I received emailed confirmation that the pilot, Michael Nerandzic, is indeed of Serbian origin. His family is from the village of Trostice near the city of Novi Pazar in Serbia (which the Muslims have been blatantly trying to take — see also last excerpt here).


Yesterday, a top story on “Good Morning America” was about a pilot whose Goodyear blimp was flying near Oberursel, Germany when a loud noise and the smell of fuel flooded the cabin. Not knowing what was happening, the pilot hovered close to the ground and told his three passengers to jump out. The resulting loss of weight caused the blimp to shoot back up into the air, where it burst into flames.

“They found him still at the controls when it crashed. He also steered it away from his ground crew.” — pilot’s wife

The pilot’s name was Michael Nerandzic.

While the last name implies the Australian pilot had Croatian, Serbian or Bosnian roots, because there has been no mention — anywhere — of his ethnicity, with no ethnic group jumping to take credit for the man, that means he was most probably Serb. (We can’t have good Serbs, can we?)

I asked Nebojsa his opinion, and after doing some research, he found a bunch of Nerandzics — “from a Serb exile in Imperial Russian services (late 1700s) to modern-day interior designers. There was also a scientist living in Canada (who used to live in Belgrade), an artist on Youtube, and a Wikipedia editor - all Serbs. I also found a bunch of them in Kursumlija, southern Serbia (suggesting the surname is native to the area).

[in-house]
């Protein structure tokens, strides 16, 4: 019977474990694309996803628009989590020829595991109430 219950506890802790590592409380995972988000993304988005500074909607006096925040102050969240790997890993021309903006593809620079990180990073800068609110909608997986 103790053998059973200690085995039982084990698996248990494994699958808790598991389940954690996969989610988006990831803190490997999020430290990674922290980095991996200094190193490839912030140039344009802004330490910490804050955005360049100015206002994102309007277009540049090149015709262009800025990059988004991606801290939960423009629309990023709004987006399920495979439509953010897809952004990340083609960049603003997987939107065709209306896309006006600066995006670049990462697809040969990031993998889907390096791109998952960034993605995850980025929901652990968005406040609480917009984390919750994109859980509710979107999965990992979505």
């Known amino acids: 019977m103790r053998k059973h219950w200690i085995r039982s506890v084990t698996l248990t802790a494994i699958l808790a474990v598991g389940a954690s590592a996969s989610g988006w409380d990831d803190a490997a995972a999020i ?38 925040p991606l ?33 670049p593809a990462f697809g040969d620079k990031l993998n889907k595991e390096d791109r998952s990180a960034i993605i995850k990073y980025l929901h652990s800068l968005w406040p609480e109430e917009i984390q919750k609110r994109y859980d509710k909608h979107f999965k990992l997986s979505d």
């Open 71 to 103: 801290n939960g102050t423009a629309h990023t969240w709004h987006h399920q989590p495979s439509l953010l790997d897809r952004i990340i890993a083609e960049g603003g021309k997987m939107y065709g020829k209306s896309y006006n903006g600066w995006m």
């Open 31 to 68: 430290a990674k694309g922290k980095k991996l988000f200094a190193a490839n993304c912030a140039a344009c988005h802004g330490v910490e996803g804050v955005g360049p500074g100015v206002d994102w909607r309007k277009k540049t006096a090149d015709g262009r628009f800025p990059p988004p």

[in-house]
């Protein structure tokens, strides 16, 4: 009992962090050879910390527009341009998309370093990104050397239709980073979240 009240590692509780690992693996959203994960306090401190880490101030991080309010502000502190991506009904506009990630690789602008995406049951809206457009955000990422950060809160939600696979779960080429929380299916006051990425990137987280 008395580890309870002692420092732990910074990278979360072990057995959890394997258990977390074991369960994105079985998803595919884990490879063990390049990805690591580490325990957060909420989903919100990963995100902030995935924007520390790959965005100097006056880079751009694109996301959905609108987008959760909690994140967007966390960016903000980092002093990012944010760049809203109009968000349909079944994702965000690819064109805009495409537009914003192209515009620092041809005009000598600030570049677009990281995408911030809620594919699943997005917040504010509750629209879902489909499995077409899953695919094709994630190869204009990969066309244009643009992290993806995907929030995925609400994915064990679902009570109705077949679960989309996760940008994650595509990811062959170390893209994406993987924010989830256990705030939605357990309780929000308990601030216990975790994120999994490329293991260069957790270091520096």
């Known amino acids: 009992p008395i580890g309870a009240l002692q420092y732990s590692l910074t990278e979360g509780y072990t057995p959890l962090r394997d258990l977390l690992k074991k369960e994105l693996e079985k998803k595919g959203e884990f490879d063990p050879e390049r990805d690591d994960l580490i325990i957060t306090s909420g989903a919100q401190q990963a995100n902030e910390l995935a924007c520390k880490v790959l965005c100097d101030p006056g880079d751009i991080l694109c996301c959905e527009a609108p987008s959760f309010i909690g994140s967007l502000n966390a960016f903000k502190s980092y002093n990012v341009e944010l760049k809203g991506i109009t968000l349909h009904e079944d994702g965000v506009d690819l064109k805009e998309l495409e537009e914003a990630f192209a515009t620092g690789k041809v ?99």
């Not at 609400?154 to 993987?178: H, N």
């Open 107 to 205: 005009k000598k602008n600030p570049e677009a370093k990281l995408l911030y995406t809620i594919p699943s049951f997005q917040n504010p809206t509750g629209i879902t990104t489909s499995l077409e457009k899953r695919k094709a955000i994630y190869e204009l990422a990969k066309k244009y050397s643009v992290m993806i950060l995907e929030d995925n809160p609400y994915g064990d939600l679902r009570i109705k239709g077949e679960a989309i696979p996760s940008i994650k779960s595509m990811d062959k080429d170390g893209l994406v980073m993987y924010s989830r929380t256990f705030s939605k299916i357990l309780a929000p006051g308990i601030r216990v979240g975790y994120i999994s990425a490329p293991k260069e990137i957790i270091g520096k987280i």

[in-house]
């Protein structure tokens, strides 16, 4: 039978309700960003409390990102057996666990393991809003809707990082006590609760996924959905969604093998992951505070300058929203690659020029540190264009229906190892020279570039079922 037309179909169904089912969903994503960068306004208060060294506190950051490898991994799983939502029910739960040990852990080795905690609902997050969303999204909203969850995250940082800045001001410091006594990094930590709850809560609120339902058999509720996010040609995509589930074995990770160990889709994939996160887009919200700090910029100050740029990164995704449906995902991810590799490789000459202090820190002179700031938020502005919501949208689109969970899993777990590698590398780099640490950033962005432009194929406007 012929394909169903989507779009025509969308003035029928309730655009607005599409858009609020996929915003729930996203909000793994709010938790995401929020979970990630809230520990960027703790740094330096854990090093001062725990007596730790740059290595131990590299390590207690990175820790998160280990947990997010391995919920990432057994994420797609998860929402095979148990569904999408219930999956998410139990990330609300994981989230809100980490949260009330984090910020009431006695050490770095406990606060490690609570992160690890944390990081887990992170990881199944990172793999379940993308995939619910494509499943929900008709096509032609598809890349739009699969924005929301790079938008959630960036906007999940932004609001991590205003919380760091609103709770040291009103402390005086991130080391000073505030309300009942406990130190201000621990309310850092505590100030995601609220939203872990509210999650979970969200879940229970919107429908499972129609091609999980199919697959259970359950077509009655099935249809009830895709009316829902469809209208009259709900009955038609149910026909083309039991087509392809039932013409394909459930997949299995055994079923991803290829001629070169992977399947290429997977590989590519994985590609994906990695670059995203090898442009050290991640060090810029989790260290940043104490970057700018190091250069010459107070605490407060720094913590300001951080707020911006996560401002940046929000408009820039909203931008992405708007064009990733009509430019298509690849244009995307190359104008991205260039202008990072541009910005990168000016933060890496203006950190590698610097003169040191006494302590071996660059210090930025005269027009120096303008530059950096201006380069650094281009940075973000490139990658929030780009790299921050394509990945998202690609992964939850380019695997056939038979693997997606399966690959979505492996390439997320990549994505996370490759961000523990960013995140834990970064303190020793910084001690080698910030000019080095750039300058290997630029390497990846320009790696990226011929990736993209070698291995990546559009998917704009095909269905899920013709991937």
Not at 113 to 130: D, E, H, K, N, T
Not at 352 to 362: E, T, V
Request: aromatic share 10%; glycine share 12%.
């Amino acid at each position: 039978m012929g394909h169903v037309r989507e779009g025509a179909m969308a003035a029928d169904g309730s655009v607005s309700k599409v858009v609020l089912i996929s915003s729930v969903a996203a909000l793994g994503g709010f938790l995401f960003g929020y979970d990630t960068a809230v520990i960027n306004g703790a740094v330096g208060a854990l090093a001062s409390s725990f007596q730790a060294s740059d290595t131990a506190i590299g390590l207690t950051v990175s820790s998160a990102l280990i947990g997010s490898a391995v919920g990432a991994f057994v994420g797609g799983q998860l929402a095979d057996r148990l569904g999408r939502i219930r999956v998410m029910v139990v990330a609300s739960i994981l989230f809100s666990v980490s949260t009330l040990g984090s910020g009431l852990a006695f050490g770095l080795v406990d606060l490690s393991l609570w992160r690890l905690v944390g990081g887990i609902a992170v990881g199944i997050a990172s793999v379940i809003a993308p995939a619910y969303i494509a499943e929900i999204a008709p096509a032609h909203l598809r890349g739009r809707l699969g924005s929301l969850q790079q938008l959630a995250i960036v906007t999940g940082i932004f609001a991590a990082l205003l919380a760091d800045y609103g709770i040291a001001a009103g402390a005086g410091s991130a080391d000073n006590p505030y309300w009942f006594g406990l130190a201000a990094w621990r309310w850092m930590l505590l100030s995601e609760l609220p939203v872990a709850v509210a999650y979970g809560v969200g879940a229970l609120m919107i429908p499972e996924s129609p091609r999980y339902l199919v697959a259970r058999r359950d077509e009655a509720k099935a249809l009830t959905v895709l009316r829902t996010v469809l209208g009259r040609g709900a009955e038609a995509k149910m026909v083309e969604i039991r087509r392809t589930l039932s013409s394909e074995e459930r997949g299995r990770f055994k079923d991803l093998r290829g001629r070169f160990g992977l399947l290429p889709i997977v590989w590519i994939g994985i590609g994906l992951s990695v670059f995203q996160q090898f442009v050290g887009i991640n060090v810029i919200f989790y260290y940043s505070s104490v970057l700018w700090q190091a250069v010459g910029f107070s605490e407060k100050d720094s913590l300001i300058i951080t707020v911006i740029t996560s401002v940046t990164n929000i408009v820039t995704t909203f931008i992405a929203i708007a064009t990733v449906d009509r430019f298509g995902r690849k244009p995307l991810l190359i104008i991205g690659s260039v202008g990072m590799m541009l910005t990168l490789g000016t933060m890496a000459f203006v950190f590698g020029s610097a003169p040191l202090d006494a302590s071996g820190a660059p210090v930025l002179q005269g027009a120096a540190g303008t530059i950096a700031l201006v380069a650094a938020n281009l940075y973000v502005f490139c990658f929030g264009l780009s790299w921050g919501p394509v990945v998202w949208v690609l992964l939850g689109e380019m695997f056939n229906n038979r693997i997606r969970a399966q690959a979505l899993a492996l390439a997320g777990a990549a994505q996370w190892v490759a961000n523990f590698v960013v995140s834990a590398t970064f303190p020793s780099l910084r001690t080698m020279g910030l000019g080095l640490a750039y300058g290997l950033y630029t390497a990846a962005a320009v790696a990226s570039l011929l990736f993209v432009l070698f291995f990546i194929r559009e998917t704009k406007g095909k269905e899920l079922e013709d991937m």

“On this here page. I found an audio recording of his voice (see bottom). He was either born in Australia, or has lived there so long, that he speaks in the local dialect perfectly, and pronounces his name Aussie-style, rather than Serbian style.”

Aussie pilot Michael Nerandzic dies in airship explosion, 3 passengers saved

Damn. Nice!

AN AUSTRALIAN blimp pilot has been hailed a hero after he saved three passengers by ordering them to jump from the burning airship only to then die himself.

Michael Nerandzic, from Balgownie in Wollongong, was attempting to land the A60 Goodyear airship at an airfield at Reichelsheim in Germany, when the blimp caught fire during descent. The 53-year-old and three journalists with him were returning from a local music festival.

It is understood the passengers smelt fuel and heard a loud whirring noise before the blimp caught fire.

Realising the airship was only moments away from disaster, Mr Nerandzic then made the heroic decision to put his own life on the line to save those of his passengers.

Hovering 2m above the ground he yelled for the three passengers to jump from the gondola to safety below.

That decision reduced the ballast weight of the airship which is believed to have caused it to shoot 50m into the air where it exploded with the burning wreckage falling to the ground. Mr Nerandzic was unable to escape and died in the wreckage.

Witnesses said they heard loud noises coming from the air before spotting a “fireball” moments before it crashed into a meadow near the airfield.

“We could hear the cries of the pilot as the fire surrounded him. It was terrible,” one said.

A close friend and former colleague said Mr Nerandzic was a talented pilot with a deep passion for flying.

He said his decision to save his passengers first summed up the type of person he was.

“He has always put other people first. I don’t even think he would have realised he was doing it - it would have just been instinct,” the friend, who declined to be named, said last night. “He will be a real loss to our community.”

The cause of the fire remained a mystery last night but Germany’s Federal Office for Accident Investigation was investigating.

The departed pilot’s website is still online.